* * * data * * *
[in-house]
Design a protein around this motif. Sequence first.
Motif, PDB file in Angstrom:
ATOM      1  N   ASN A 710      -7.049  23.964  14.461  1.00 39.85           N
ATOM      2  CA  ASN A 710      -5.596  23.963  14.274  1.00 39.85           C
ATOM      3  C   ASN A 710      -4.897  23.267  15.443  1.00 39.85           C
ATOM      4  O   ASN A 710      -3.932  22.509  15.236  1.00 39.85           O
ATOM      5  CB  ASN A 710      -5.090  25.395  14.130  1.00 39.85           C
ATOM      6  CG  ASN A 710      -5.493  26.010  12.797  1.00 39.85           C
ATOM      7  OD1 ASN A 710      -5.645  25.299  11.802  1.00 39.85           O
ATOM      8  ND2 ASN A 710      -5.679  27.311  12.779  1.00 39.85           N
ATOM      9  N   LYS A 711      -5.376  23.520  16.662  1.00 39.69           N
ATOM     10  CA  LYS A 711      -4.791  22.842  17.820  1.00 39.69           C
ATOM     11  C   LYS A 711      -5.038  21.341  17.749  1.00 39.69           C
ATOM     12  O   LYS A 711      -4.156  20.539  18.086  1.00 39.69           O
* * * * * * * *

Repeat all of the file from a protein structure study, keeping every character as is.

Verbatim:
[in-house]
Design a protein around this motif. Sequence first.
Motif, PDB file in Angstrom:
ATOM      1  N   ASN A 710      -7.049  23.964  14.461  1.00 39.85           N
ATOM      2  CA  ASN A 710      -5.596  23.963  14.274  1.00 39.85           C
ATOM      3  C   ASN A 710      -4.897  23.267  15.443  1.00 39.85           C
ATOM      4  O   ASN A 710      -3.932  22.509  15.236  1.00 39.85           O
ATOM      5  CB  ASN A 710      -5.090  25.395  14.130  1.00 39.85           C
ATOM      6  CG  ASN A 710      -5.493  26.010  12.797  1.00 39.85           C
ATOM      7  OD1 ASN A 710      -5.645  25.299  11.802  1.00 39.85           O
ATOM      8  ND2 ASN A 710      -5.679  27.311  12.779  1.00 39.85           N
ATOM      9  N   LYS A 711      -5.376  23.520  16.662  1.00 39.69           N
ATOM     10  CA  LYS A 711      -4.791  22.842  17.820  1.00 39.69           C
ATOM     11  C   LYS A 711      -5.038  21.341  17.749  1.00 39.69           C
ATOM     12  O   LYS A 711      -4.156  20.539  18.086  1.00 39.69           O